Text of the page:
The 2017 details are not yet to hand .
Prof David Dickson
Garret Fitzgerald of Corkbeg: Farming in East Cork in the 17th century
This talk will focus on agricultural change in Cromwellian and post-Cromwellian east Cork as revealed in the farm account-book of Garrett FitzGerald of Corkbeg. This remarkable document spans the years 1652 to 1675 and throws intriguing light on (among other things) the beginnings of commercial dairy farming and the impact of the Restoration Cattle Acts. FitzGerald was it seems a nimble survivor in a turbulent age.
The Villiers Stuart estate in the 18th century
The Dromana estate, located principally in the old baronies of Decies Without and Decies Within, was one of the largest and most compact properties in eighteenth-century Munster. It had not been subject to confiscation in the seventeenth century, and in the eighteenth century it retained many archaic features as it passed through the female line from Geraldine to Villiers-Stuart ownership. This paper reflects on the contrast between the social make-up of the Dromana estate and that of ‘Boyle country’, the properties lying on the opposite side of the Blackwater that had originally been the patrimony of the first earl of Cork. The impact of Earl Grandson, the most interventionist proprietor in the estate’s history and the man behind the creation of Villerstown, will also be discussed.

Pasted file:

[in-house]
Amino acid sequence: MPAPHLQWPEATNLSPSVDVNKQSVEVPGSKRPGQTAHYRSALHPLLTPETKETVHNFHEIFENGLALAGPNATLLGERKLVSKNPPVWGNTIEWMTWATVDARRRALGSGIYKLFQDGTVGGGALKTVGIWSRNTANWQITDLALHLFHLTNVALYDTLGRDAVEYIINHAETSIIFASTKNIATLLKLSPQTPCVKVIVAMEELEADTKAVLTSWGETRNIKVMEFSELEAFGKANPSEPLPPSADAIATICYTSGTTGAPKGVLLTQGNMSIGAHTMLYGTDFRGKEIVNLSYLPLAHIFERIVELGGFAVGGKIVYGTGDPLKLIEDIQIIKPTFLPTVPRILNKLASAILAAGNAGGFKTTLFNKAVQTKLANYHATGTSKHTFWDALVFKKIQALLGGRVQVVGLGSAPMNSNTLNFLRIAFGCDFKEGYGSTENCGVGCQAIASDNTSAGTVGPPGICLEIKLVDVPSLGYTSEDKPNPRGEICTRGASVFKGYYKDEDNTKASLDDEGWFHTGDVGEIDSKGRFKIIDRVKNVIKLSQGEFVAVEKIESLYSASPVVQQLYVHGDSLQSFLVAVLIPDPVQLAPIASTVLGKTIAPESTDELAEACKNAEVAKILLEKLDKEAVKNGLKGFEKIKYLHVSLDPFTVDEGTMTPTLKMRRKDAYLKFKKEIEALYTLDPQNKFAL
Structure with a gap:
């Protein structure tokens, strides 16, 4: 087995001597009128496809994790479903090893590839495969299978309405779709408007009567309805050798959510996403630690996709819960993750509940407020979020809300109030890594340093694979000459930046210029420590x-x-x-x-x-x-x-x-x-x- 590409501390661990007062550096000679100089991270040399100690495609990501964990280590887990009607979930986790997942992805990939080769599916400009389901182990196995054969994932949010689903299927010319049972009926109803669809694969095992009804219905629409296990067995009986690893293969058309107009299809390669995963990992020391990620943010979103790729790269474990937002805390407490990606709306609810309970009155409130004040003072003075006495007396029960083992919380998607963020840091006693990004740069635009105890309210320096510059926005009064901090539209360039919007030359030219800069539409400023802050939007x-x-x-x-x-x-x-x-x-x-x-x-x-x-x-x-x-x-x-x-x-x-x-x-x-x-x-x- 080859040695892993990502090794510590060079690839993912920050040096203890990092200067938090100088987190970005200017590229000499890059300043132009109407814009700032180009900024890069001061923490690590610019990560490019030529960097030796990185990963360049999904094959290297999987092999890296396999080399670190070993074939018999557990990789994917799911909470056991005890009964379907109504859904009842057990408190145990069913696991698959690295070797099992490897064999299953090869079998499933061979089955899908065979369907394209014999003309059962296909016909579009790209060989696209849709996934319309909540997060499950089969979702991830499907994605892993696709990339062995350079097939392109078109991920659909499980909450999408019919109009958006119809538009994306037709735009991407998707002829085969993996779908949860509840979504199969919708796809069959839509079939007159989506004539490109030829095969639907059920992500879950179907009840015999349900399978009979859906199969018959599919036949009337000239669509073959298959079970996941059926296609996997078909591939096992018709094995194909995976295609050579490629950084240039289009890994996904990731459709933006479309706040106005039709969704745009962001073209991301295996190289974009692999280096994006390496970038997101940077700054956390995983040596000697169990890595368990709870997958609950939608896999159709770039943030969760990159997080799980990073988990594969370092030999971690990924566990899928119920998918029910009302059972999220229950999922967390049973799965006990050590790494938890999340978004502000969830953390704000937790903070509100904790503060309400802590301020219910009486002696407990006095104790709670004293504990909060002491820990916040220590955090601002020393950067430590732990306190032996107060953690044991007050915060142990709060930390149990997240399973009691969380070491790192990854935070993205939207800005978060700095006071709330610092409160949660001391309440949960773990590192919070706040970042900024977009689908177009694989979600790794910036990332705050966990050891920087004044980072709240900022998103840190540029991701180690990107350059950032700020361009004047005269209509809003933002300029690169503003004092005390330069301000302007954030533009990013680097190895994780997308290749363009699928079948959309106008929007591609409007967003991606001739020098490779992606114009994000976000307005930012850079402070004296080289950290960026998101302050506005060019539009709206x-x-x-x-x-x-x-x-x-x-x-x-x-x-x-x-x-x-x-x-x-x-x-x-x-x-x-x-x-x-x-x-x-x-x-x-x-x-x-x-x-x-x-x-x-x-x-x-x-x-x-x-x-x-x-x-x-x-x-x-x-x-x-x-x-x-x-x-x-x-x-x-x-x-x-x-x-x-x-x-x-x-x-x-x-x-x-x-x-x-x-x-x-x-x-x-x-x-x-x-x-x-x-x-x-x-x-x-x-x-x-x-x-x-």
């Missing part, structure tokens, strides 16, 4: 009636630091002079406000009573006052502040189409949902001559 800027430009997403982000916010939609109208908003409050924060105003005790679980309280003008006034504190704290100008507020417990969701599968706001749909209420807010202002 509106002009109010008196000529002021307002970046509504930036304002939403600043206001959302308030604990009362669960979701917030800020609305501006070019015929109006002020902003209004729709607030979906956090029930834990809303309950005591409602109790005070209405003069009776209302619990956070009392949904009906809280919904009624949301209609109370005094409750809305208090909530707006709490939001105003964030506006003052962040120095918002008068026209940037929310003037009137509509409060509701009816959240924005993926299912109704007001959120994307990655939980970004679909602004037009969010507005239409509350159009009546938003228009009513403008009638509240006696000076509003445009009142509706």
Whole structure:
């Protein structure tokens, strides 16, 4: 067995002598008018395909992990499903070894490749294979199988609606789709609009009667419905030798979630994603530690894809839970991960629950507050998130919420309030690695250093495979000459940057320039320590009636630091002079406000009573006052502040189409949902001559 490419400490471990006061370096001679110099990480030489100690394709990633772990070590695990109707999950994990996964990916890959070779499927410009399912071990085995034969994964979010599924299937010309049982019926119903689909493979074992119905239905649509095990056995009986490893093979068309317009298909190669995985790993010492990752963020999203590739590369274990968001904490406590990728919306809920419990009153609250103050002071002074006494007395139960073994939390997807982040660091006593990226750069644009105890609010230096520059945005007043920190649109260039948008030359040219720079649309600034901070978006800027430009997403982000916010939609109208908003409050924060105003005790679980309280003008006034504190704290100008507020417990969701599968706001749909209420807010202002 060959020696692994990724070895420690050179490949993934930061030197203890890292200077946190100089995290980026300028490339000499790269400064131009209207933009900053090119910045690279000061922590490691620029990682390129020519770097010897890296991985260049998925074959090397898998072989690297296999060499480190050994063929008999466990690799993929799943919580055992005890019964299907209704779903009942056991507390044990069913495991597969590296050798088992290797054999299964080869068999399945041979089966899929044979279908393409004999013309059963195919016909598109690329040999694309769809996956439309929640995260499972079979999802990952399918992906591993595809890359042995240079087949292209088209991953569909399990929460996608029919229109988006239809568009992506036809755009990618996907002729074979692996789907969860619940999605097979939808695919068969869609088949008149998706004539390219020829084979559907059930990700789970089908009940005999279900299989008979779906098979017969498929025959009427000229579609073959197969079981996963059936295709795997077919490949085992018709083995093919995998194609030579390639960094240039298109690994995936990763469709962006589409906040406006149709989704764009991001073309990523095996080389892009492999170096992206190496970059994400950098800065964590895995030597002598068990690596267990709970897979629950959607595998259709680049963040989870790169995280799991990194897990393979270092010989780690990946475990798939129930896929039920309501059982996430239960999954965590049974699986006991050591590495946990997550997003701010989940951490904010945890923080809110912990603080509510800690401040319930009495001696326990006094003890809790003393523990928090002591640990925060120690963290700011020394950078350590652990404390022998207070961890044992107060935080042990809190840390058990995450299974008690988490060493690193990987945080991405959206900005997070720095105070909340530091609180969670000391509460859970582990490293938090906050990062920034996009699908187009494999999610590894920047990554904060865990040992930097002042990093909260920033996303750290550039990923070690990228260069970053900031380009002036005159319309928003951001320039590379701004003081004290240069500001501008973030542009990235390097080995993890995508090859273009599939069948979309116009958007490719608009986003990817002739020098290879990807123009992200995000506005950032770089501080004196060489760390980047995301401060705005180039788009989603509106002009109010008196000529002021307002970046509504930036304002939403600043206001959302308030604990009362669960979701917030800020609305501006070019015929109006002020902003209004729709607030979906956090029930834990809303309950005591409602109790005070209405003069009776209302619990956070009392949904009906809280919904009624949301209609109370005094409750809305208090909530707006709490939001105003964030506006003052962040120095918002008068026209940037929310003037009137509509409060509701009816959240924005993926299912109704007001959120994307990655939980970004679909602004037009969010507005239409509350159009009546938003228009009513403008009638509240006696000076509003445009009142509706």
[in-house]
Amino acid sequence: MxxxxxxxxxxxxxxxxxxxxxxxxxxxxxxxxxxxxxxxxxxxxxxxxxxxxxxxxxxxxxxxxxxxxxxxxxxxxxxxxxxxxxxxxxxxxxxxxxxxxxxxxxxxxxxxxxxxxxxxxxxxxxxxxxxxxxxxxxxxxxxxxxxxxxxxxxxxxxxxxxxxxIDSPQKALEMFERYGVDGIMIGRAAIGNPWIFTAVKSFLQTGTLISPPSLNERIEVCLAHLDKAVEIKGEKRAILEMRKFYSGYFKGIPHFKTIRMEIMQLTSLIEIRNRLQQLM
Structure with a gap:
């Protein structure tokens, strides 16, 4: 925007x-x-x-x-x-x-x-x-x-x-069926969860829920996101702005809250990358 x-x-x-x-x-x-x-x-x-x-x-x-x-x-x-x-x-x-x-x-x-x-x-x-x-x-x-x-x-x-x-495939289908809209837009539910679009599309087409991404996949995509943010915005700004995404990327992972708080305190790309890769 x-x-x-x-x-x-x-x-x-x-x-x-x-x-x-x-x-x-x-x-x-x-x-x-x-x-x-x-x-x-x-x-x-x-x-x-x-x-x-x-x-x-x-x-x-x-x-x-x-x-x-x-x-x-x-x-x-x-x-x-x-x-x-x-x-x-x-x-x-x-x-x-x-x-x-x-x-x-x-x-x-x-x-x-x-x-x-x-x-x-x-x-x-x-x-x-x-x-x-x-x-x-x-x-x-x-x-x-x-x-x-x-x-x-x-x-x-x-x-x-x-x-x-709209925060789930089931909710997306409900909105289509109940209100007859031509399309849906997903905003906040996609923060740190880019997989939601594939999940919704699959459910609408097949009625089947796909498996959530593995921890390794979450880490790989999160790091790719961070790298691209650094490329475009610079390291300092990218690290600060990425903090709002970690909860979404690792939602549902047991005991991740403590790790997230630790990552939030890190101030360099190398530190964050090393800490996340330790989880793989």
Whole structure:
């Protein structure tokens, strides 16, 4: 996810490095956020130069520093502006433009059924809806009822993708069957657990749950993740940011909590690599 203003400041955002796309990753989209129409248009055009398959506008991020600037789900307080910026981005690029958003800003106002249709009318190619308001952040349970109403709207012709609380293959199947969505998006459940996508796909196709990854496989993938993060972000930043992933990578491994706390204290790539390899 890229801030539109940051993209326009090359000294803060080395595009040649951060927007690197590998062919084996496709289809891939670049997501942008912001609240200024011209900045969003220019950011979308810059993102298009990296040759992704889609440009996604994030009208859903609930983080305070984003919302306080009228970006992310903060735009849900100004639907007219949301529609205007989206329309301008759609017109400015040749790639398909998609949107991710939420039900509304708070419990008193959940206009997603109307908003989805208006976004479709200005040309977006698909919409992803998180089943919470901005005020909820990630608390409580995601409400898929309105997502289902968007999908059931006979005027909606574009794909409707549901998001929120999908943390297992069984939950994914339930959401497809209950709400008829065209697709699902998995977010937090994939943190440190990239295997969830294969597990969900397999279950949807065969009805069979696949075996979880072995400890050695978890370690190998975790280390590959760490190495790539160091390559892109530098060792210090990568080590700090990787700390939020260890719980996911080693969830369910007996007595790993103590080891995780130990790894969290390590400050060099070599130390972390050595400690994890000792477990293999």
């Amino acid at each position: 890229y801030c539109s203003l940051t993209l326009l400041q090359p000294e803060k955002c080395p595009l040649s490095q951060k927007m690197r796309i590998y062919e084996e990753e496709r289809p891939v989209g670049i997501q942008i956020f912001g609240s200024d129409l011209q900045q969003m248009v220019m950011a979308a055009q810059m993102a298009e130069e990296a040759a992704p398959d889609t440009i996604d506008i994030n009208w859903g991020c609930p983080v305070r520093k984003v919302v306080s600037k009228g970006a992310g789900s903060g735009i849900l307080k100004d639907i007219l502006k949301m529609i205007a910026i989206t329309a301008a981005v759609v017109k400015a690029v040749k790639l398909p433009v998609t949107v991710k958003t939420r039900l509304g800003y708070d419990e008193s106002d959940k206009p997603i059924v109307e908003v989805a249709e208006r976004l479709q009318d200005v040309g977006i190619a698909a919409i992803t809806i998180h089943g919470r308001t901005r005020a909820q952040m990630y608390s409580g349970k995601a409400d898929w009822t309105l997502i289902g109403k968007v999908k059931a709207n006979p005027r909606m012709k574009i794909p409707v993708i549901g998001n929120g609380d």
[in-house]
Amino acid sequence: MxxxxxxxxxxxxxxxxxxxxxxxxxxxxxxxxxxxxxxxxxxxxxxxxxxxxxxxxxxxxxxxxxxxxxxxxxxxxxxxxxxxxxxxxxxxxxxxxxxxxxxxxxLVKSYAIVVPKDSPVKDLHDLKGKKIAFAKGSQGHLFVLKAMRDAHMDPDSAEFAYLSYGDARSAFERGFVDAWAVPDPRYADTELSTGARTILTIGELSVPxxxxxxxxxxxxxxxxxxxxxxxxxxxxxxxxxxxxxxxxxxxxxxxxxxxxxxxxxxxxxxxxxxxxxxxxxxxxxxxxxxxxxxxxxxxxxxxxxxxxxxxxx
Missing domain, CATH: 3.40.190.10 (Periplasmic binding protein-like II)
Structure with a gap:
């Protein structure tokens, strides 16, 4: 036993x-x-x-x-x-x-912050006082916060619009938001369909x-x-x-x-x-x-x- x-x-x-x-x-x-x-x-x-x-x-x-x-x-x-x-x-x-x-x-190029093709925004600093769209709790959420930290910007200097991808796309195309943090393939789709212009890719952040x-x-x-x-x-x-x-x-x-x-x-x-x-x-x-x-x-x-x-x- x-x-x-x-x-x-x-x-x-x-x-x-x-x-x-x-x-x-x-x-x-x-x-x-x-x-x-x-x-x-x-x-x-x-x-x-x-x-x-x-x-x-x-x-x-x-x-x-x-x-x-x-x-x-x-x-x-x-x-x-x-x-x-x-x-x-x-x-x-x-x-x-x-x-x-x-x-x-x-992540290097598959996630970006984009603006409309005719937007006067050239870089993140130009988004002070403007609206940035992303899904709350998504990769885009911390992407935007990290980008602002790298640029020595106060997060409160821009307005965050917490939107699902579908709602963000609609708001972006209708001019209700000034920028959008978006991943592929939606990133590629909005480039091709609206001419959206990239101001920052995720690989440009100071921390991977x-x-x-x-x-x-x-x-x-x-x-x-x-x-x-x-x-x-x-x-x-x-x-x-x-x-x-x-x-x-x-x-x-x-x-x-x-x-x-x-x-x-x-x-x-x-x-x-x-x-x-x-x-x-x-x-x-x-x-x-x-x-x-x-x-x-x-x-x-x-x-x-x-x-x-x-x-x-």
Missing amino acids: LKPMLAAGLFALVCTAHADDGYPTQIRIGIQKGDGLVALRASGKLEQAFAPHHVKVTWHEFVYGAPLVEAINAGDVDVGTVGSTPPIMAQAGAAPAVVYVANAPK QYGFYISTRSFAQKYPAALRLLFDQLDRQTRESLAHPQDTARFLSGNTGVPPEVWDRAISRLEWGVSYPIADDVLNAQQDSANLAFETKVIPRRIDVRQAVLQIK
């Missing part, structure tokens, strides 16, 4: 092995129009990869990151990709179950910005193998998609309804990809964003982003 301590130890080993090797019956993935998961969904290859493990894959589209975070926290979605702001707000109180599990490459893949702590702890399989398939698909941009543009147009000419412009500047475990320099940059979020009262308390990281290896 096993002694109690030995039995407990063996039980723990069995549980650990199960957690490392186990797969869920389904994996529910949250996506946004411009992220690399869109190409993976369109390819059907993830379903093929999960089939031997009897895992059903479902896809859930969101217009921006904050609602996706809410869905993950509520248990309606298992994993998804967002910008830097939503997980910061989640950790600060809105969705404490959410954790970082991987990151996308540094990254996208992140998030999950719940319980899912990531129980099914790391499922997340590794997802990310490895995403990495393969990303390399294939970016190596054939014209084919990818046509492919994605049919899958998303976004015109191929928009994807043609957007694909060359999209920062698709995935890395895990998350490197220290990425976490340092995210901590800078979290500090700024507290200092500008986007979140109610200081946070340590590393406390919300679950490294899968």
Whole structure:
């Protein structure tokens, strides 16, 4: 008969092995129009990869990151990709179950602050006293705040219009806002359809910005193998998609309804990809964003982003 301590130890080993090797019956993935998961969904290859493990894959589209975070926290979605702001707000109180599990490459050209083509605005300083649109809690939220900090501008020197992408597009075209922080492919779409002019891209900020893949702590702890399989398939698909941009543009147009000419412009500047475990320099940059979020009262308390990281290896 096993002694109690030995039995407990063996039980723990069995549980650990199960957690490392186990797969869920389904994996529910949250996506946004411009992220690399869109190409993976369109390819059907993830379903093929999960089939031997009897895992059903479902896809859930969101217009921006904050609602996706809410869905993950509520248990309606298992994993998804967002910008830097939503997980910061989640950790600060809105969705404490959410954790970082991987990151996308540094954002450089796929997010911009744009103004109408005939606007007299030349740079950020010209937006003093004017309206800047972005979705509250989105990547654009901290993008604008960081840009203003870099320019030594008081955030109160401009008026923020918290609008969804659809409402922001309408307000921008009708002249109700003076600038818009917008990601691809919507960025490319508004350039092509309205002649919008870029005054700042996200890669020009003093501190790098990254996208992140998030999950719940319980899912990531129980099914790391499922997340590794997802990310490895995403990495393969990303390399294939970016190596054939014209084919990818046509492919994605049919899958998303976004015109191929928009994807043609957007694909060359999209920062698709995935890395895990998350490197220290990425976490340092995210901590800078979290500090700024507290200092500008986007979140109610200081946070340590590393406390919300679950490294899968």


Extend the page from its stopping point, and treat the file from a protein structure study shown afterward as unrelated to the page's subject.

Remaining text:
The history of Dromana
On 3 July 1215 King John granted the territories of Decies and Desmond to Thomas fitz Anthony, who proceeded to conquer and settle these lands. From fitz Anthony’s daughter Margery and her husband John fitz Thomas descend the FitzGeralds, Earls of Desmond and Lords of Decies. The earliest fortifications at Dromana were built at this time. James Earl of Desmond, who died in 1462, left the Decies to his younger son Gerald, who settled at Dromana; his descendants have lived there ever since.